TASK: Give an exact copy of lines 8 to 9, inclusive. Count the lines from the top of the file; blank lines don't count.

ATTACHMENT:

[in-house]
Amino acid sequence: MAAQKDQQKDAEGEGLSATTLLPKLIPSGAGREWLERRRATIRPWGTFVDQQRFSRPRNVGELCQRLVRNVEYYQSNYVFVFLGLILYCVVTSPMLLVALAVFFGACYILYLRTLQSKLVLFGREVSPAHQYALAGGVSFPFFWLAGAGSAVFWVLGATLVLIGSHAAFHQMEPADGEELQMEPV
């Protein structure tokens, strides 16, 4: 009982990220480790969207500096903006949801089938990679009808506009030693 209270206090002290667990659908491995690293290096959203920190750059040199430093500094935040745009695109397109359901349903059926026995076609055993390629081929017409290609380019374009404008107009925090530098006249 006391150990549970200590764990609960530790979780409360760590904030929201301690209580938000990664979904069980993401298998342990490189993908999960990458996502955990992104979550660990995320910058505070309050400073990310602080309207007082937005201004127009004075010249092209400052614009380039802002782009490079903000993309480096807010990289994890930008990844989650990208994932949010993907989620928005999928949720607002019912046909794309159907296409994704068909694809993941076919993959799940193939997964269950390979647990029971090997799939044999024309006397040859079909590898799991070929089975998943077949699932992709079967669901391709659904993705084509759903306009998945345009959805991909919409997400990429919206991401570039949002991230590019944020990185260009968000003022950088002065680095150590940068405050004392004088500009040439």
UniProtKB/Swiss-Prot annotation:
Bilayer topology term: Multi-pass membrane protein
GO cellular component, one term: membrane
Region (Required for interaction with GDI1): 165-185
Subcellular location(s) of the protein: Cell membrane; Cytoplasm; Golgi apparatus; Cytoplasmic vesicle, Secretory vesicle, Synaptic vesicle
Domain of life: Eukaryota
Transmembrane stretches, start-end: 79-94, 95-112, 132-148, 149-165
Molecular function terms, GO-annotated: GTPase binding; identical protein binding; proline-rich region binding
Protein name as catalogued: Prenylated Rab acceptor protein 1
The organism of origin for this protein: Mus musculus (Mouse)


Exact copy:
Subcellular location(s) of the protein: Cell membrane; Cytoplasm; Golgi apparatus; Cytoplasmic vesicle, Secretory vesicle, Synaptic vesicle
Domain of life: Eukaryota